C. Administrative Responsibilities.

(1) A judge shall diligently discharge the judge's administrative responsibilities without bias or prejudice and maintain professional competence in judicial administration, and should cooperate with other judges and court officials in the administration of court business.

(2) A judge shall require* staff, court officials and others subject to the judge's direction and control to observe the standards of fidelity and diligence that apply to the judge and to refrain from manifesting bias or prejudice in the performance of their official duties.

(3) A judge with supervisory authority for the judicial performance of other judges shall take reasonable measures to assure the prompt disposition of matters before them and the proper performance of their other judicial responsibilities.

(4) A judge shall not make unnecessary appointments. A judge shall exercise the power of appointment impartially and on the basis of merit. A judge shall avoid nepotism and favoritism. A judge shall not approve compensation of appointees beyond the fair value of services rendered.


Appointees of a judge include assigned counsel, officials such as referees, commissioners, special masters, receivers and guardians and personnel such as clerks, secretaries and bailiffs. Consent by the parties to an appointment or an award of compensation does not relieve the judge of the obligation prescribed by Section 3C(4).

D. Disciplinary Responsibilities.

(1) A judge who receives information indicating a substantial likelihood that another judge has committed a violation of this Code should take appropriate action. A judge having knowledge* that another judge has committed a violation of this Code that raises a substantial question as to the other judge's fitness for office shall inform the appropriate authority.*

(2) A judge who receives information indicating a substantial likelihood that a lawyer has committed a violation of the Rules of Professional Conduct contained in Rule 407, SCACR, should take appropriate action. A judge having knowledge* that a lawyer has committed a violation of the Rules of Professional Conduct that raises a substantial question as to the lawyer's honesty, trustworthiness or fitness as a lawyer in other respects shall inform the appropriate authority.*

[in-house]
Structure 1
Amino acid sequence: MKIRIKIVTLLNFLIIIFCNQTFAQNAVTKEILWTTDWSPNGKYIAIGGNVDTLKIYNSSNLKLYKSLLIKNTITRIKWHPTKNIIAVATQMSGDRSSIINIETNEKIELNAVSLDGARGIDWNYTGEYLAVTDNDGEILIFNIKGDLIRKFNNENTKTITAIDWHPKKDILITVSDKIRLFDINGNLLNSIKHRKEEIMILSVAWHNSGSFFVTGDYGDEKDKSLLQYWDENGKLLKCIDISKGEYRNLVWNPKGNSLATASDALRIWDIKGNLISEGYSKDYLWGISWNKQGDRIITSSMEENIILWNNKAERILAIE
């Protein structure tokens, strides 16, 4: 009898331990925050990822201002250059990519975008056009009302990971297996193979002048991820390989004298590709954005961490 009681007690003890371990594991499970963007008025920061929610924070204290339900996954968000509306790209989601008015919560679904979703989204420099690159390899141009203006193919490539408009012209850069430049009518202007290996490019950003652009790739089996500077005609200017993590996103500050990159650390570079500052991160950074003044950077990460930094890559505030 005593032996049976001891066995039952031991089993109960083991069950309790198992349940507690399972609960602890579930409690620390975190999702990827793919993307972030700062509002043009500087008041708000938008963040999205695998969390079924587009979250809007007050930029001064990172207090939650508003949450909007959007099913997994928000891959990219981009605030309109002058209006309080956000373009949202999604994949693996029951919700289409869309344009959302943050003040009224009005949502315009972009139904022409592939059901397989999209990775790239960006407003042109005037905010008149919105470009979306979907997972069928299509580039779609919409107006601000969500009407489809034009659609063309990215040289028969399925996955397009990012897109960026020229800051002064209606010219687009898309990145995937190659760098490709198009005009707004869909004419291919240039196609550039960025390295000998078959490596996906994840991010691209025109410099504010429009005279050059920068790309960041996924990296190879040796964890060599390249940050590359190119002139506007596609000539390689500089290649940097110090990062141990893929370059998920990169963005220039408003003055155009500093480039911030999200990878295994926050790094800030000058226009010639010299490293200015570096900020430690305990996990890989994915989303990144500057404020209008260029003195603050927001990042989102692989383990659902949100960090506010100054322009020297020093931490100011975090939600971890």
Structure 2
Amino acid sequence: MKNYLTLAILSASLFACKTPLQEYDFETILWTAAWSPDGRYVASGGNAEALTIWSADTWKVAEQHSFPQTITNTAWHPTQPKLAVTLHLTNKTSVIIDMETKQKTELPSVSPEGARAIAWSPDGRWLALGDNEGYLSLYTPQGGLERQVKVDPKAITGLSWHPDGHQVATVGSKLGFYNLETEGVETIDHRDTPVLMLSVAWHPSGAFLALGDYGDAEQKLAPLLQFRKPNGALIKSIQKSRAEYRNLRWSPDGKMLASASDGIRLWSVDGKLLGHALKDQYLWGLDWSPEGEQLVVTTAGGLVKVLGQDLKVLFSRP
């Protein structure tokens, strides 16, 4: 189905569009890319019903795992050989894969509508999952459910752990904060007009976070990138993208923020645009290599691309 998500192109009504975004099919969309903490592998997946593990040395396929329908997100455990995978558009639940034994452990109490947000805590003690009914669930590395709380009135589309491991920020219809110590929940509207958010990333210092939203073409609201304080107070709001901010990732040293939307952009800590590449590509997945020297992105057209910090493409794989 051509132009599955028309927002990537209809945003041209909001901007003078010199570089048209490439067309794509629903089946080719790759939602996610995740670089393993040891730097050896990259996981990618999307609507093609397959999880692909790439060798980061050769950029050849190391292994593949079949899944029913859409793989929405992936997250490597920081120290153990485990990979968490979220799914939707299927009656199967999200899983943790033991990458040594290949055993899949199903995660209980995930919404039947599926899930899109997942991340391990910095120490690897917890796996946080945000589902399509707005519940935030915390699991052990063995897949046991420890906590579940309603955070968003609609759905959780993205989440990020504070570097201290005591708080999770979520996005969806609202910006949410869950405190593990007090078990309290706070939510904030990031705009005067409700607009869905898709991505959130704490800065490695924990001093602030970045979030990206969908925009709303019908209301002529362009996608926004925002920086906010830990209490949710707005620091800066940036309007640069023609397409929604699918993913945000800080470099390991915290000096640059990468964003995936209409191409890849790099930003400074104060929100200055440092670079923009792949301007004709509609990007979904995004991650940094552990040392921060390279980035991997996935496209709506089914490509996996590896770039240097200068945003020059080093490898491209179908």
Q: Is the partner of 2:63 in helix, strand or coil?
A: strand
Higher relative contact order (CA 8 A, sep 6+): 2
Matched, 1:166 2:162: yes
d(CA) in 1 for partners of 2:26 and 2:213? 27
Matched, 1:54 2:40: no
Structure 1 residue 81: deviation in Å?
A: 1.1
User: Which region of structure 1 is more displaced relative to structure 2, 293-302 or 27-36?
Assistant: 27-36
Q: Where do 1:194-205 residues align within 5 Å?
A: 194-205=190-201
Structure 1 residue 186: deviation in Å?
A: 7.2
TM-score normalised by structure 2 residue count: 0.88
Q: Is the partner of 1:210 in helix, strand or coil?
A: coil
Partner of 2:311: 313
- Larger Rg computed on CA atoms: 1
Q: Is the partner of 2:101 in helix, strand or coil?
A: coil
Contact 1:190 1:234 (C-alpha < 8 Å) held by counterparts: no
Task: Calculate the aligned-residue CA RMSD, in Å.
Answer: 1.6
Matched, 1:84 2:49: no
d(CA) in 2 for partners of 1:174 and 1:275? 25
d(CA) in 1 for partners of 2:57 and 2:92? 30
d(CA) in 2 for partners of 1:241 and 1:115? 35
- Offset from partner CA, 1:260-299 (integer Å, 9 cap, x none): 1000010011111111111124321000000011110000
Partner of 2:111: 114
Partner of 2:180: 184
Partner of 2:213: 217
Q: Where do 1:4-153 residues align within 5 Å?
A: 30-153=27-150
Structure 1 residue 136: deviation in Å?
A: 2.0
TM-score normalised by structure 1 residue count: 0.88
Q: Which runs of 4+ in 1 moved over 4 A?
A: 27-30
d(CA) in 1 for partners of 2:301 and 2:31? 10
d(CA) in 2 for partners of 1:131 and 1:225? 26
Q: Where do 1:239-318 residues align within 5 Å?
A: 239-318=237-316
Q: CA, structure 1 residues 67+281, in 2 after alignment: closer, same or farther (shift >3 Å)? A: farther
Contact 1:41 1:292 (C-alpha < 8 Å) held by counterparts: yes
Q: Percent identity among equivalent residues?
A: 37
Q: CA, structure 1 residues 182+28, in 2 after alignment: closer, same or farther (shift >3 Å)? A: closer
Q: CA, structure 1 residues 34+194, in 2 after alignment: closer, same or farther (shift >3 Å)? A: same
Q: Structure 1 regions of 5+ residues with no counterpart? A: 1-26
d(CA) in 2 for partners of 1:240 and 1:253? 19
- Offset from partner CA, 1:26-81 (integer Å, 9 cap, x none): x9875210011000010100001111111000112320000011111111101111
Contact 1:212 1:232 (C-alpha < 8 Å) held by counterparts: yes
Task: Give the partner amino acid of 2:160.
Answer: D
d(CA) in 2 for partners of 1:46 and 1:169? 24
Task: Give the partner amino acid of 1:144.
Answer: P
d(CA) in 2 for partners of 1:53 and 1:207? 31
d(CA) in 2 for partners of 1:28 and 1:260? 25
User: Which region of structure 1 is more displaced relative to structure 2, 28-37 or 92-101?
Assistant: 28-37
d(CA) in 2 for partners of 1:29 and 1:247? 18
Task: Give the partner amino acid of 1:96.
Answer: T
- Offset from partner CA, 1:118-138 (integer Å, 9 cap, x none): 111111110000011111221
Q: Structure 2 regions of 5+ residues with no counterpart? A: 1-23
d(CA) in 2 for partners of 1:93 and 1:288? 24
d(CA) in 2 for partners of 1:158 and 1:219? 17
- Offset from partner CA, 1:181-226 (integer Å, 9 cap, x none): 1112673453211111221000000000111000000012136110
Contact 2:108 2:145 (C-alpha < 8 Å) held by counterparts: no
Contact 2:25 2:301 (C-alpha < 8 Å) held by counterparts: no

(3) Acts of a judge, in the discharge of disciplinary responsibilities, required or permitted by Sections 3D(1) and 3D(2) are part of a judge's judicial duties and shall be absolutely privileged, and no civil action predicated thereon may be instituted against the judge.

(4) A judge who is arrested for or has been charged by way of indictment, information or complaint with a serious crime shall inform the Office of Disciplinary Counsel in writing within fifteen days of being arrested or being charged by way of indictment, information or complaint.


Appropriate action may include direct communication with the judge or lawyer who has committed the violation, other direct action if available, and reporting the violation to the appropriate authority or other agency or body.

E. Disqualification.

(1) A judge shall disqualify himself or herself in a proceeding in which the judge's impartiality might reasonably be questioned, including but not limited to instances where:


Under this rule, a judge is disqualified whenever the judge's impartiality might reasonably be questioned, regardless whether any of the specific rules in Section 3E(1) apply. For example, if a judge were in the process of negotiating for employment with a law firm, the judge would be disqualified from any matters in which that law firm appeared, unless the disqualification was waived by the parties after disclosure by the judge.

A judge should disclose on the record information that the judge believes the parties or their lawyers might consider relevant to the question of disqualification, even if the judge believes there is no real basis for disqualification.

By decisional law, the rule of necessity may override the rule of disqualification. For example, a judge might be required to participate in judicial review of a judicial salary statute, or might be the only judge available in a matter requiring immediate judicial action, such as a hearing on probable cause or a temporary restraining order. In the latter case, the judge must disclose on the record the basis for possible disqualification and use reasonable efforts to transfer the matter to another judge as soon as practicable.

(a) the judge has a personal bias or prejudice concerning a party or a party's lawyer, or personal knowledge* of disputed evidentiary facts concerning the proceeding;

(b) the judge served as a lawyer in the matter in controversy, or a lawyer with whom the judge previously practiced law served during such association as a lawyer concerning the matter, or the judge has been a material witness concerning it;